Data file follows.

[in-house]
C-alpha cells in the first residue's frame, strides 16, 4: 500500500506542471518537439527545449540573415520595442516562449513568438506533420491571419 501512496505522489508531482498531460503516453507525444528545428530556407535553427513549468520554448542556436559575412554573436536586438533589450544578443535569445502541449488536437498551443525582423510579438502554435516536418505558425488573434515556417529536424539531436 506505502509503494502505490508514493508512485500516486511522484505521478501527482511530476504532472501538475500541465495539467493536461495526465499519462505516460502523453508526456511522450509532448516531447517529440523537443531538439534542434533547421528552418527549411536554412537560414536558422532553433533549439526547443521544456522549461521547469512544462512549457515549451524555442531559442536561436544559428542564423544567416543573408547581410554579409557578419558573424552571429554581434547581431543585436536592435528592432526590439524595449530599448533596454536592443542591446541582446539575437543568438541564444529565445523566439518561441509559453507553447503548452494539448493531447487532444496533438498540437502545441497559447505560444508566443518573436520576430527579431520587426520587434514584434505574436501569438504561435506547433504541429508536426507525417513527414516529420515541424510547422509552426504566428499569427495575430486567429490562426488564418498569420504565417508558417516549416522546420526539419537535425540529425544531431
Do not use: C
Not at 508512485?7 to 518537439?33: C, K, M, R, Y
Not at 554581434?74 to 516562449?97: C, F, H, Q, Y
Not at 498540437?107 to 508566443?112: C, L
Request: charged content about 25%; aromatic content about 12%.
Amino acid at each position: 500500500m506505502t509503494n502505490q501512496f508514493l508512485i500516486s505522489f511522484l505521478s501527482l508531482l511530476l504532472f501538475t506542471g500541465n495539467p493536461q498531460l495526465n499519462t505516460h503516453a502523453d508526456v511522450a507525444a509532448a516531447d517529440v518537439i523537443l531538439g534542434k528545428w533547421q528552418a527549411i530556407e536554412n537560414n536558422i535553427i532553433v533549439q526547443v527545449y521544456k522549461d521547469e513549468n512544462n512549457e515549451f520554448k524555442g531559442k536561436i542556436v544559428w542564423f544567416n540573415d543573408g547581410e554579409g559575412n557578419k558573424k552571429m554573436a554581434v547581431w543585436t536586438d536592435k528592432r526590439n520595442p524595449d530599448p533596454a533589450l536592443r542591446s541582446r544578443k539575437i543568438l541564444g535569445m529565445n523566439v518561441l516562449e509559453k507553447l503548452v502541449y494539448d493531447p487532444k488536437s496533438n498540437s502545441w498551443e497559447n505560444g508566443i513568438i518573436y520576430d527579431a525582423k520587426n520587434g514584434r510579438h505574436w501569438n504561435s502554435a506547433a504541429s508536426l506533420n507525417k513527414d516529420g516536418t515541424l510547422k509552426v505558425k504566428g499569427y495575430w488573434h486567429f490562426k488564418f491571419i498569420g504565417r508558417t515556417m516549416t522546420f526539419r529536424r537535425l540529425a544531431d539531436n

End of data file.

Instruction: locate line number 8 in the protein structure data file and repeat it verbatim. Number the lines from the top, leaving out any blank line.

Amino acid at each position: 500500500m506505502t509503494n502505490q501512496f508514493l508512485i500516486s505522489f511522484l505521478s501527482l508531482l511530476l504532472f501538475t506542471g500541465n495539467p493536461q498531460l495526465n499519462t505516460h503516453a502523453d508526456v511522450a507525444a509532448a516531447d517529440v518537439i523537443l531538439g534542434k528545428w533547421q528552418a527549411i530556407e536554412n537560414n536558422i535553427i532553433v533549439q526547443v527545449y521544456k522549461d521547469e513549468n512544462n512549457e515549451f520554448k524555442g531559442k536561436i542556436v544559428w542564423f544567416n540573415d543573408g547581410e554579409g559575412n557578419k558573424k552571429m554573436a554581434v547581431w543585436t536586438d536592435k528592432r526590439n520595442p524595449d530599448p533596454a533589450l536592443r542591446s541582446r544578443k539575437i543568438l541564444g535569445m529565445n523566439v518561441l516562449e509559453k507553447l503548452v502541449y494539448d493531447p487532444k488536437s496533438n498540437s502545441w498551443e497559447n505560444g508566443i513568438i518573436y520576430d527579431a525582423k520587426n520587434g514584434r510579438h505574436w501569438n504561435s502554435a506547433a504541429s508536426l506533420n507525417k513527414d516529420g516536418t515541424l510547422k509552426v505558425k504566428g499569427y495575430w488573434h486567429f490562426k488564418f491571419i498569420g504565417r508558417t515556417m516549416t522546420f526539419r529536424r537535425l540529425a544531431d539531436n